On May 26th, I crossed the 10 K finish line six minutes faster than I did last year, thanks to the magical presence of my amazing running buddy. Ever since I started running, I have been adamant that I would never run with anyone. The pressure and stress of keeping up with someone else was the complete opposite of the tranquil, solitary experience I was looking for. I wanted to be able to listen to my own body, to stop when I needed to, to go the pace I was comfortable with. So, when my friend offered to run the 10 K with me the week before the race, I was hesitant. My friend is a much faster runner and at a level of fitness that more than surpasses my own. When she assured me that she was willing to go at my pace, I happily accepted her offer, grateful for the support and the company. My left leg had been acting up my last few training runs, with shooting pains running up my thigh. I had resigned myself to walking most of the race, but with the distraction of great conversation and the shouts of encouragement and motivation from my running buddy, I stopped only once. It was a surprise for both of us to cross the finish line at 1 hour and 8 minutes. I had forgotten to wear my watch and my friend had left her pacer at home. It was a great feeling to go into it with no expectations and realize that I was able to achieve a personal best. As it always is in life, I couldn’t have done it alone and was grateful for the love and support I had that day, including my parents, who were waiting for us at the finish line.
This personal victory was balanced out by my most recent test results, which once again revealed a very low white blood cell count. This time, it’s 1.4. The up and down of my white blood cell count has been a pretty consistent thing in the last two years and I’m at a loss at how I can be pro-active and preventative. I asked my rheumatologist what I can do to increase white blood cell production and she looked at me apologetically and said, “unfortunately, all you can do is eat well and rest.” She said my low count means that my lupus is active, that it is affecting my bone marrow’s ability to produce a normal count. The reality is that as a lupus patient, my count will always be low, but 1.4, of course, is in a bit of a danger zone. The drill is the same, with me re-testing in a few weeks and hoping that my count will go up so that I’m not prescribed another medication. I had been working with my naturopath, hoping to come down off my current medication. Sadly, it seems that I’m not as stable as I seem to think I am. I may not be ready for that kind of step for a while. In the meantime, I’ll try to eat as cleanly as possible and try to do better at normalizing my sleep patterns, which has been a huge challenge over the last four years. Regardless of the fact that I’m prednisone-free, those sleep deprived nights of four years ago are still in my body’s memory. I can’t seem to wean myself off of my night owl habits, regardless of how tired I am. I sometimes feel like I’m addicted to staying up late.
I have been more tired than normal this past week and a little tender around some joints, perhaps in part because of my low white blood cell count, although I can’t be entirely sure. What I can say is that I’m feeling content to go with the flow and deal with what happens as it comes. The lupus in my body is just doing what it does and it’s not my place to judge that as good or bad. It is what it is.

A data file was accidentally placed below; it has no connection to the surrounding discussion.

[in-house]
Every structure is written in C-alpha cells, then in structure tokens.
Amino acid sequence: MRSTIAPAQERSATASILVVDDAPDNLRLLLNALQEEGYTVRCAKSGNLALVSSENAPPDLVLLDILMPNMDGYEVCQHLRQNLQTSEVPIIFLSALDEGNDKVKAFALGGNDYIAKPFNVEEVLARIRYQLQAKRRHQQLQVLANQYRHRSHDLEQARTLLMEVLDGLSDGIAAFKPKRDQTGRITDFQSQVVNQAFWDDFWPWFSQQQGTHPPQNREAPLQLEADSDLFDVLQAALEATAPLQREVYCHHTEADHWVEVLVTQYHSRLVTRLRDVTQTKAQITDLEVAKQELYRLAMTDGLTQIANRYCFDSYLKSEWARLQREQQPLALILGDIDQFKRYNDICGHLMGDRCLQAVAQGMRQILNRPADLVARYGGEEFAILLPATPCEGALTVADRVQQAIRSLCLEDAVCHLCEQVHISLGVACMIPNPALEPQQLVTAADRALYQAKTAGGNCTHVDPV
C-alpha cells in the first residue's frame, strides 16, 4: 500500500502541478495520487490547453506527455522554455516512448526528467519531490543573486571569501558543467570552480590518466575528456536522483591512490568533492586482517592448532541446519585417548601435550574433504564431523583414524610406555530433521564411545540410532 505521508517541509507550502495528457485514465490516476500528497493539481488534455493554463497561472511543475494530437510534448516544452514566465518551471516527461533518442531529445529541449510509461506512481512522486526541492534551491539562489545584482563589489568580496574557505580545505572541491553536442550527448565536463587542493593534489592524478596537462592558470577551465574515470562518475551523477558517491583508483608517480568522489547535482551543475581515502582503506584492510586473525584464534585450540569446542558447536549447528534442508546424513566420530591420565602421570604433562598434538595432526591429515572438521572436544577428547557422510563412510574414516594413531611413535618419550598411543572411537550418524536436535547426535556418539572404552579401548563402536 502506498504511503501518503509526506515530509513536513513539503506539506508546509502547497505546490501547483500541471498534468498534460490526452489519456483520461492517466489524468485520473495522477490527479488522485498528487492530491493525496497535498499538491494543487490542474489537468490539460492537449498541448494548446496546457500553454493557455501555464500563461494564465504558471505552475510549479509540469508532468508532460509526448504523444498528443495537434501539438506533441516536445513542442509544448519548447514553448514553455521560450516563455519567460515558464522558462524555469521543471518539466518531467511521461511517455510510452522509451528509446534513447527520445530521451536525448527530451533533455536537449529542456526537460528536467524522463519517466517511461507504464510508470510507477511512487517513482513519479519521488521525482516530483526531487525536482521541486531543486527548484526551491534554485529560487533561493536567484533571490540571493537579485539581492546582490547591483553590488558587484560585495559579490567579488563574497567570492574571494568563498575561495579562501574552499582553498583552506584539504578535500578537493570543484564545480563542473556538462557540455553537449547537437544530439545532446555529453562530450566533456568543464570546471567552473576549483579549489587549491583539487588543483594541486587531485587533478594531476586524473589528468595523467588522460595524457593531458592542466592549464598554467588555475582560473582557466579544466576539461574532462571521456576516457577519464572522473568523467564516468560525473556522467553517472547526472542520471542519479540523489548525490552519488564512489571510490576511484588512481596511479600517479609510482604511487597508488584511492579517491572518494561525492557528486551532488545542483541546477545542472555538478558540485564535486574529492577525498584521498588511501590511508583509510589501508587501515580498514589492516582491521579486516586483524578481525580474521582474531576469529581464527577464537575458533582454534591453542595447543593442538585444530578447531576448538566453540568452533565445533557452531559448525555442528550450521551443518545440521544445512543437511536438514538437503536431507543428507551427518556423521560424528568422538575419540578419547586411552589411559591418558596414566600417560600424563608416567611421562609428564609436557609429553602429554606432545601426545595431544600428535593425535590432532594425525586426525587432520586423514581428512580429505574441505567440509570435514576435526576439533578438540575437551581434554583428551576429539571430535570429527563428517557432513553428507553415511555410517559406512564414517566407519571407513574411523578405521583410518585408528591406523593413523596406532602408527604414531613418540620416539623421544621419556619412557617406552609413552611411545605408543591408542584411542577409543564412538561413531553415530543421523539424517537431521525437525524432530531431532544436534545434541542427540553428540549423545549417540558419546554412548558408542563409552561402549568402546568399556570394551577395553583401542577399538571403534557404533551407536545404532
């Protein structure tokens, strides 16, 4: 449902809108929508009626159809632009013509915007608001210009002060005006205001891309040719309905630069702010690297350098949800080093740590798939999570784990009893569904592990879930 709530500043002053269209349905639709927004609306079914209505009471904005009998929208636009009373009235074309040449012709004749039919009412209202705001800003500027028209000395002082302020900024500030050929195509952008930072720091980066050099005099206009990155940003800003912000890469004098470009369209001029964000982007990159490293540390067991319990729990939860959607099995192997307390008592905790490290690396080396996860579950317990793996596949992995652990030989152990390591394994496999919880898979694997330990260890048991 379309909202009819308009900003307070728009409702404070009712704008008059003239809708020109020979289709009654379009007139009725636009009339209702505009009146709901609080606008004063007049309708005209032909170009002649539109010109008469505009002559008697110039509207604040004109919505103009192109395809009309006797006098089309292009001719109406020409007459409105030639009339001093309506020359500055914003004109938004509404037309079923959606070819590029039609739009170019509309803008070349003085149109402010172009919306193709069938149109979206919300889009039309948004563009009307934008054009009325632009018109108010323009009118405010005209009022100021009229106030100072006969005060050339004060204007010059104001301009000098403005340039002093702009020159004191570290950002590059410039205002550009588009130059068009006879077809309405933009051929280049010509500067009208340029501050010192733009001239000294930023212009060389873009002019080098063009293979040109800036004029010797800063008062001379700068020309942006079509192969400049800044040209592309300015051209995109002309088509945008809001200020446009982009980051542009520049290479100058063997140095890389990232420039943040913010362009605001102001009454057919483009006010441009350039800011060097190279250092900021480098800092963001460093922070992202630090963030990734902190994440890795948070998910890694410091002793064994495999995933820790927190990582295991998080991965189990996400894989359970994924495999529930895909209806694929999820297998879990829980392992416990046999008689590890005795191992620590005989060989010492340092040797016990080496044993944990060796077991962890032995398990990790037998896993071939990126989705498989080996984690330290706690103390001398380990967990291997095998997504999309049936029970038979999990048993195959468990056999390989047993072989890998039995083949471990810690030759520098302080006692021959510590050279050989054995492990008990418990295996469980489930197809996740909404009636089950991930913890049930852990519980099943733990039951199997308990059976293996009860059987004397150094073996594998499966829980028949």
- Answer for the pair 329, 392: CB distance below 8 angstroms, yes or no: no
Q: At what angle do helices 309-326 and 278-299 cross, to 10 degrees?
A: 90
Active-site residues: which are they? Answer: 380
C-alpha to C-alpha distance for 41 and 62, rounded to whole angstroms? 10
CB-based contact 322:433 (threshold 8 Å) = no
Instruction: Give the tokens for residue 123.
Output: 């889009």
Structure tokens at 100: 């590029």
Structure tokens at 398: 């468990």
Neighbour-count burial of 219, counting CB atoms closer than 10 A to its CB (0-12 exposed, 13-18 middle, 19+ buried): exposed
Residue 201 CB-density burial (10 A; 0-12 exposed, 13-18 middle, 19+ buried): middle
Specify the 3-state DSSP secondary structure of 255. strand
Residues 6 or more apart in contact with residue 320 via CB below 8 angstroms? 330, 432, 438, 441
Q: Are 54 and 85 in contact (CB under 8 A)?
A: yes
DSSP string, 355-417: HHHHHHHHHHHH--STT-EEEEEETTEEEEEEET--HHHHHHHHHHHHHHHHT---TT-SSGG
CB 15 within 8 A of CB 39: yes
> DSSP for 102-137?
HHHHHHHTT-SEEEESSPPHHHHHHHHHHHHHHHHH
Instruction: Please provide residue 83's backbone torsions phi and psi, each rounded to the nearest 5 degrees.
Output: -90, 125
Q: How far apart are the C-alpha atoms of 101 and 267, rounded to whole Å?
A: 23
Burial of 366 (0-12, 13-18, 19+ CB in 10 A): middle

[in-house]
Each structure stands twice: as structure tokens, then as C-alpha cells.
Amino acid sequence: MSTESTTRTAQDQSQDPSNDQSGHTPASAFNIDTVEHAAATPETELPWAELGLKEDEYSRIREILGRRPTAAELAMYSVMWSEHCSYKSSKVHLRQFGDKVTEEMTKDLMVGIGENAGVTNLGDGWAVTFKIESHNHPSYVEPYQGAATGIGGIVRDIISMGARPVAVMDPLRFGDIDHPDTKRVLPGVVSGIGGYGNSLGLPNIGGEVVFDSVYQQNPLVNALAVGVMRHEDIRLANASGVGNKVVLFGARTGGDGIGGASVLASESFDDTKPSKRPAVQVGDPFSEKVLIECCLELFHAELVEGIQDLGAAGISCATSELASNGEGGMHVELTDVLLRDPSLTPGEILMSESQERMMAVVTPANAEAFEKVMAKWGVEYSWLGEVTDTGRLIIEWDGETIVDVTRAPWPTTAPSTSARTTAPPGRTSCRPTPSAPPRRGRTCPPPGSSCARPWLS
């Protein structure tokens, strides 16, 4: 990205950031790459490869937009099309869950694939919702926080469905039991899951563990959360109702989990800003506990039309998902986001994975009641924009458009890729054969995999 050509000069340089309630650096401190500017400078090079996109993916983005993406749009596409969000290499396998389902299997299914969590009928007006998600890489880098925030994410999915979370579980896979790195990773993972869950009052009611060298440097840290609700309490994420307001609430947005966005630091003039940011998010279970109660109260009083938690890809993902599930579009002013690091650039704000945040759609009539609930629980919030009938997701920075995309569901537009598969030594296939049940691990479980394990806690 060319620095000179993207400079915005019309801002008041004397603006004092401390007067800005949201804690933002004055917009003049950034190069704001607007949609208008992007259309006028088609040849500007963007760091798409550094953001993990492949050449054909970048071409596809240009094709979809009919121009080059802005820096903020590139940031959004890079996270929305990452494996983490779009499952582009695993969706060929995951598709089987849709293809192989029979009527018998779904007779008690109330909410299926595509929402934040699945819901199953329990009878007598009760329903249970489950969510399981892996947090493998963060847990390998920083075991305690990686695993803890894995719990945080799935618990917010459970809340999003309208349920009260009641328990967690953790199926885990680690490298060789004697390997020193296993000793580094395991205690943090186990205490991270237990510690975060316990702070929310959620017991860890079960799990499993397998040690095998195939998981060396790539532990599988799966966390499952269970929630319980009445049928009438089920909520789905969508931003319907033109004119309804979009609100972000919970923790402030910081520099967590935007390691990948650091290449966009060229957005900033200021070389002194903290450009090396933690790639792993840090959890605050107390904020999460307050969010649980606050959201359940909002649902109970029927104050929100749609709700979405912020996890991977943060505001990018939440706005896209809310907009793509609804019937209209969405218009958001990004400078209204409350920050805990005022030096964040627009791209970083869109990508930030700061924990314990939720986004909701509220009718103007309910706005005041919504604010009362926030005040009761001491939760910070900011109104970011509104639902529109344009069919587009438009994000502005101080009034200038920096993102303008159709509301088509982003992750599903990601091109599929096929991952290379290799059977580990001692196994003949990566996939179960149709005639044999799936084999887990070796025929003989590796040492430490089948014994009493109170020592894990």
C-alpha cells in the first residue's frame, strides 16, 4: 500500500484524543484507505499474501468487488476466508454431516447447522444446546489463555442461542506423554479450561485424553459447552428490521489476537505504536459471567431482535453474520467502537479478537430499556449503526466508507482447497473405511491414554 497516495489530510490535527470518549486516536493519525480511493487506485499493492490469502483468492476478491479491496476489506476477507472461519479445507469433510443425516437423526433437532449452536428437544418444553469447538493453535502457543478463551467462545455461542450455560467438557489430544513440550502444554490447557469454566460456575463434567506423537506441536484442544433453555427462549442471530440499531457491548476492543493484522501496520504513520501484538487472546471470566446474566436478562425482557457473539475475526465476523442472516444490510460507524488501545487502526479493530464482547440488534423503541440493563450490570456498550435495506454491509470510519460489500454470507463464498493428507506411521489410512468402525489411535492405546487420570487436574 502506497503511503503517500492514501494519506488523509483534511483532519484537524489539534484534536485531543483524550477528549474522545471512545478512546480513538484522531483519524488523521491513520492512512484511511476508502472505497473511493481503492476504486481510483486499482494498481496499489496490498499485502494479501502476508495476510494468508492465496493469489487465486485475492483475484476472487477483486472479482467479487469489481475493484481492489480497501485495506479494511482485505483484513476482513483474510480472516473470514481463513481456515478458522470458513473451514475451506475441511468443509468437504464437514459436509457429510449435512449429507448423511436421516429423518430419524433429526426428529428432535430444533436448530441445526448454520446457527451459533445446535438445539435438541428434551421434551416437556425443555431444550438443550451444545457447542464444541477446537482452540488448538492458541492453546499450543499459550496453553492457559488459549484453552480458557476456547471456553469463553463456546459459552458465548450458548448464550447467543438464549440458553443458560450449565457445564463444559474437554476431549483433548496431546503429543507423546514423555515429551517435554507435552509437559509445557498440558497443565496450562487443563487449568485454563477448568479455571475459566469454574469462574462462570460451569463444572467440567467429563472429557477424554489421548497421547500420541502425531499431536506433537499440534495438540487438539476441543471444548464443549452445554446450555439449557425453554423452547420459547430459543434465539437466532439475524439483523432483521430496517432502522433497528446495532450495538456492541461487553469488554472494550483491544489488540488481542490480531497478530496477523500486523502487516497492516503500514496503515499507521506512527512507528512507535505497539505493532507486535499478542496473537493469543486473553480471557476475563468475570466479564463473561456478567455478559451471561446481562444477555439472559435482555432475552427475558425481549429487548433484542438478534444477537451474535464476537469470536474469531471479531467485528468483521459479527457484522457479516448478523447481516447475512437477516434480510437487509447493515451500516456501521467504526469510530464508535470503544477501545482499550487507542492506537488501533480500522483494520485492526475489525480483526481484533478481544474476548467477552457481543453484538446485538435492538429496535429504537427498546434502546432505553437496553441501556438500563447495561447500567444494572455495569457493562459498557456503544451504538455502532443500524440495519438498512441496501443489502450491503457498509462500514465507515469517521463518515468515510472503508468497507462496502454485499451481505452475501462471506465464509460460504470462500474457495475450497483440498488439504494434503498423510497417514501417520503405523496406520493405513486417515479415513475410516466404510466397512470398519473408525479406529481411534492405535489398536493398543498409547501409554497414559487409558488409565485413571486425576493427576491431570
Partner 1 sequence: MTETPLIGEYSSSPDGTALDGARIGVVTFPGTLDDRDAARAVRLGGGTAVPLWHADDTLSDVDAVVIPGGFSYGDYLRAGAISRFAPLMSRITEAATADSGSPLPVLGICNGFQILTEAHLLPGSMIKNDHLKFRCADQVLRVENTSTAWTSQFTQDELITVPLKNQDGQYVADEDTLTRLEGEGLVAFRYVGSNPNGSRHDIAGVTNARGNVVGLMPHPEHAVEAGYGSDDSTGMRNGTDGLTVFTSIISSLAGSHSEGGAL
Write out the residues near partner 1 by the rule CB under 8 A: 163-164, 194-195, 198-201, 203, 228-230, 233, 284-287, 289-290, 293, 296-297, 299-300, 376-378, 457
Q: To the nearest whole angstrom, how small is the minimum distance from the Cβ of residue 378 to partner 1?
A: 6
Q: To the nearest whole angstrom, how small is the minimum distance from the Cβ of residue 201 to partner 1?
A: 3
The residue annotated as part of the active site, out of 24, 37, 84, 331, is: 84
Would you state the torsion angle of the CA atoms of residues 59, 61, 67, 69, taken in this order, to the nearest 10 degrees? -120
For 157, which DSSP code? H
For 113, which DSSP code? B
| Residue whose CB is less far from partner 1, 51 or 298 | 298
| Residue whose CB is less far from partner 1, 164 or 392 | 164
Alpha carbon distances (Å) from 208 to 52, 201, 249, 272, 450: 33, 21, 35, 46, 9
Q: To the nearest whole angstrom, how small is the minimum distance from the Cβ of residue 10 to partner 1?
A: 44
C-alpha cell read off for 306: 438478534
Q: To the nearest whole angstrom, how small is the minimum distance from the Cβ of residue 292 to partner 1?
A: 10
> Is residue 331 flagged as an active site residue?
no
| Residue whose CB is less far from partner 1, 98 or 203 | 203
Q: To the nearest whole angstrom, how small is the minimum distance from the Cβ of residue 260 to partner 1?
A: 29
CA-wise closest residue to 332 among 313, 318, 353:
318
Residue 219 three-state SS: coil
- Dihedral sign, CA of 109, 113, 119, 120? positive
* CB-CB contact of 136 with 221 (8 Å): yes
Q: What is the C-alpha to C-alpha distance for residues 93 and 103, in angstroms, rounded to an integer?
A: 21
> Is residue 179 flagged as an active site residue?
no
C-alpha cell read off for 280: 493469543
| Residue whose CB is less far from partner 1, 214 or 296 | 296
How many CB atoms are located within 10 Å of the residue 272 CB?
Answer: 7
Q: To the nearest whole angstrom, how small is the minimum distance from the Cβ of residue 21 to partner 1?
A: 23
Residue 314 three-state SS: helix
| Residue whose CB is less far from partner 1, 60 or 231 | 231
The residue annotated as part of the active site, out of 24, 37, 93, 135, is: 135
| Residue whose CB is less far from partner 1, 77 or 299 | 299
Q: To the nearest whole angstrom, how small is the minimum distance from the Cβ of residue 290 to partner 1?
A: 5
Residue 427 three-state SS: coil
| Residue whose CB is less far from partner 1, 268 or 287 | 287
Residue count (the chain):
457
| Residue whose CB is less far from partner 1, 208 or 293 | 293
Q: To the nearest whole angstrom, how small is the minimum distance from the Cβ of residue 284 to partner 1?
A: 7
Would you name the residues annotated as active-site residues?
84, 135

Seven days from now, I will not achieve the wellness challenge I announced in my last post. Due to a schedule conflict, I switched to an earlier half-marathon event, condensing the slow and steady training I had carefully planned. When I reached 8 miles, my body started to give me messages: Headaches, nausea, increased fatigue, night sweats, and finally, a case of thrush. Four years ago, my first experience with thrush was due to a high dose of prednisone, a drug that’s been out of my system for a year and a half. Without steroids to blame, my decision not to run the half-marathon was immediate.
An oral yeast infection can be painful and unsightly, but compared to other lupus symptoms, it’s minor and manageable. So, why give up so quickly? There were other factors that were affecting my health besides running long distances, but the message was clear: “Stop. Slow down. This is not the time.”
Fortunately, I was able to cure my thrush naturally with an apple cider vinegar rinse (1 tablespoon of apple cider vinegar in one cup of water) and probiotics. I went easy on the running and with additional rest and nutrition, all the symptoms I was experiencing disappeared. I plan to do the 10 K next week instead, with the goal of running or walking it according to how I feel. I still want to run/walk a half-marathon one day and although I can’t say I completed this year’s wellness challenge, I feel I’ve passed an important test. When I told my brother about my decision, he said, “if this had been 4 – 6 years ago, you would have gone ahead and done it anyway. I’m proud of you.” So, this is where I am; a long ways off of that half marathon finish line, taking a nap on the side of the track. If that’s where I am, then it’s a good place to be.
On another note, you’ll notice I’ve been experimenting with a new look for the blog. Let me know what you think!
“Only those who will risk going too far can possibly find out how far one can go.” - T.S. Eliot